All posts by David Evans

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Do You Really Want to Be the Rules Sergeant?

I just can’t resist wading into the discussion started by Anthony Aycock about classroom management and its two subsequent replies, the first by Scott Hippensteel, who advocates that faculty should “be hard to get along with,” and Rob Jenkins’s subsequent response that “you don’t have to be a jerk” to be a good professor.

I’m quite interested in teaching discussions for a variety of reasons. Before I became a full-time administrator nearly nine years ago, I was an English professor for 15 years,…

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Why Management Training Doesn’t Work

I knew when I wrote my last entry on “Management Training vs. Trial By Fire” that it would probably elicit exactly the kinds of responses it did, including comments suggesting that management training is essential to an administrator’s success and that its absence is a significant cause of institutional challenges.

Let me note here that I am not anti-training—I think that there are many areas in which aspiring administrators both need and can make practical use of thoughtfully designed trainin…

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Management Training vs. Trial by Fire

One of the things I have really enjoyed in the past several years of writing for On Hiring is the feedback I have received in the comments section and occasionally in direct e-mails. I have even (mostly) enjoyed the negative comments, as they invite me to reflect further on what I have said and refine my thinking in productive ways and have, I hope, made me a better commenter on higher education. I like to know what people around the country are thinking about things that matter to me and to eng…

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Small Department/Big Department

My last couple of entries concerned the lessons I learned while chairing my six-person English department at a small private college here in Iowa. After four years at that job, I moved to a much larger, multidisciplinary department at a public university in another state, which was a surprisingly large transition with instructive messages for anyone interested in administration, either as a participant or a spectator.

As chair of my small department, I didn’t have much power or influence, with t…

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Lessons From a Search

Last time I discussed a key lesson I learned in my first department-chair job about the importance of seeing the whole institutional picture rather than merely advocating for one’s own department. This time I want to talk about hiring and the various roles the department chair and the academic vice president/dean may have. (I wrote about this  indirectly in an earlier entry.)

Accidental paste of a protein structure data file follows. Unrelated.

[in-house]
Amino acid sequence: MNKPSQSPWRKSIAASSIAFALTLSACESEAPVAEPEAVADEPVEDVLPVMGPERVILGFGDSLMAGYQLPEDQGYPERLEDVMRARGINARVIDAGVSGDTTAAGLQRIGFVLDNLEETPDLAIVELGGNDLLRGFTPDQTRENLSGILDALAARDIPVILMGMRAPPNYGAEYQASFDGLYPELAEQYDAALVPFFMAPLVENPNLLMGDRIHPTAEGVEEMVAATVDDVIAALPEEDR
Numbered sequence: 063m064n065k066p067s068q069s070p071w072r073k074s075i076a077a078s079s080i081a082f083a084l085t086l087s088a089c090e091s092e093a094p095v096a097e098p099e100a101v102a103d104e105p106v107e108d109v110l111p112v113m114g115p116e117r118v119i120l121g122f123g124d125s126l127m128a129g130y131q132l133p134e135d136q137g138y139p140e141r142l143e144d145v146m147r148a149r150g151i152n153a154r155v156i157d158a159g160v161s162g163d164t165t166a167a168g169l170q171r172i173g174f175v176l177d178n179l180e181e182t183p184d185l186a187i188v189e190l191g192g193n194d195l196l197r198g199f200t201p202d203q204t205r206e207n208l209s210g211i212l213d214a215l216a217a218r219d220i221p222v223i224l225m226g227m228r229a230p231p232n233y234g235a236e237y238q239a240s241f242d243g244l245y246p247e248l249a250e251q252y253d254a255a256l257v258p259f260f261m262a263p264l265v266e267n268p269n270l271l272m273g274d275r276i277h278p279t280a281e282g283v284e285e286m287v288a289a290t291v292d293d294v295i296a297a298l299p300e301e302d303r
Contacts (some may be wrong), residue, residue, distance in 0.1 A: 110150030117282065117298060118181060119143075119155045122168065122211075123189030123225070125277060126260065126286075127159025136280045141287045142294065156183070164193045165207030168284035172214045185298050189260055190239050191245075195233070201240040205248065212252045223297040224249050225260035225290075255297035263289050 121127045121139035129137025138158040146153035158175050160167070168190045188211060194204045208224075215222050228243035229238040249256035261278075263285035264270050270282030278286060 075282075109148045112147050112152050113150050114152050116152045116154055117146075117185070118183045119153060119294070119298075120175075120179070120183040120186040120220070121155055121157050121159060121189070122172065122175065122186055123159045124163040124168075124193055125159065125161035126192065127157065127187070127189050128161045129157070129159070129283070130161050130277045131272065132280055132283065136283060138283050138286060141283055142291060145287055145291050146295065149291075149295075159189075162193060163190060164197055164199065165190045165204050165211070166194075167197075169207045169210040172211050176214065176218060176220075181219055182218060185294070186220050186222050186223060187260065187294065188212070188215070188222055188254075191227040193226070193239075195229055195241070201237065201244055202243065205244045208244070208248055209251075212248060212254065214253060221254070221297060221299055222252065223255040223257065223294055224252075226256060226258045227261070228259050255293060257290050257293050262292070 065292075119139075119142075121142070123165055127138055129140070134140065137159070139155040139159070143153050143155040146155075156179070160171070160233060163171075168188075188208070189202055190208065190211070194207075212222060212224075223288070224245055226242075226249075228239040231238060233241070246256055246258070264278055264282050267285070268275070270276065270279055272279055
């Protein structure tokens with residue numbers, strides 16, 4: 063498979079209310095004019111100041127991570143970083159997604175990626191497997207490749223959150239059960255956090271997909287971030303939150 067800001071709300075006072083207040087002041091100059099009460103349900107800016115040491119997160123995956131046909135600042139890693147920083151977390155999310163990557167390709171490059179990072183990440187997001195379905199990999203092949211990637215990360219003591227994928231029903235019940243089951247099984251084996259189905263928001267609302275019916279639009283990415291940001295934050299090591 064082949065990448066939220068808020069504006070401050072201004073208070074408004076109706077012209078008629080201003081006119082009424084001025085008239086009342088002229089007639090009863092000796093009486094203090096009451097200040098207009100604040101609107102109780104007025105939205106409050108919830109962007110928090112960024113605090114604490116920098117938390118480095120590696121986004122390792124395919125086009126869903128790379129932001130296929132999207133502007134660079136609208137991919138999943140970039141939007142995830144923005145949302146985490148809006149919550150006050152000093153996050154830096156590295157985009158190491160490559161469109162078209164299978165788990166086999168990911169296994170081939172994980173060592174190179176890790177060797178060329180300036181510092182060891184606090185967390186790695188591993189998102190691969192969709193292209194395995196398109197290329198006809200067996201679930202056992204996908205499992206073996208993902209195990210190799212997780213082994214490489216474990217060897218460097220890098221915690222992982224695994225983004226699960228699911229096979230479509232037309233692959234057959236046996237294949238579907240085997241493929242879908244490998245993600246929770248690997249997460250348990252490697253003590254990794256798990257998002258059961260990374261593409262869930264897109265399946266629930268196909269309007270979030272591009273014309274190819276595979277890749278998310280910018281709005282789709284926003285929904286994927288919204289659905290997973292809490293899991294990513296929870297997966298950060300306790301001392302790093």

My first institution was characterized by that generational turnover in the faculty that everyone was talking about when …

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From Faculty to Chair

My first chair position was in a six-person department at another small college here in Iowa. We had a fairly regular rotating-chair system, and my term came early: I’d been there almost six years and had just been approved for tenure and promotion when the incumbent chair, who was finishing her first year of a three-year term, took another job and departed. I was next in line but had expected to wait another couple of years; I was very young, and had not yet really become a “player” on campus i…

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Administrative Transitions

climbing_ladder

Brian Taylor for The Chronicle

The first time I read Hamlet was in my 12th-grade Advanced Placement English class. I remember well my response to Hamlet’s dilemma and his famous inaction in the face of the apparent facts of his father’s murder and what he sees as his mother’s “incestuous” relations with his fratricidal uncle, Claudius. Why, I wondered, could Hamlet not simply kill Claudius and be done with it? The situation seemed clear to me, and the solution much less complicated than Hamlet w…

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The Housing Conundrum

This summer, my sixth at my current institution, we have several new faculty and instructional-staff members coming aboard, as is common at this time of year. Also as is common, several of them are scrambling to find housing. Storm Lake, Iowa, is a modest town of about 12,000 people, hosts a large transient population, and has at best a mediocre and small stock of available rentals.

This year more than most, our new faculty and instructional-staff members are all young and moving to their first …

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Chairs and the Big Picture

Last year at about this time I wrote about my participation as a workshop facilitator at the Council of Independent Colleges’ workshop for department and division chairs in Indianapolis. As I write this, I am sitting in my hotel room in Cincinnati, where I just led another workshop in one of this year’s iterations of the CIC program.

Last year my subject was supporting and developing adjunct faculty. This year, it was “Serving as Department/Division Chair: Beyond the Job Description.” This topic…

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On the Inside Looking In

Nothing in academic hiring incites more controversy and conspiracy theories than the issue of inside candidates, either those who occupy a temporary or interim position that is being replaced by a permanent hire, or those who occupy another slot at the hiring institution and who seek to move into the advertised position. Finally—although this is a somewhat different case—there are the institution’s adjunct faculty members, who may be seeking to be hired for a tenure-track or full-time position.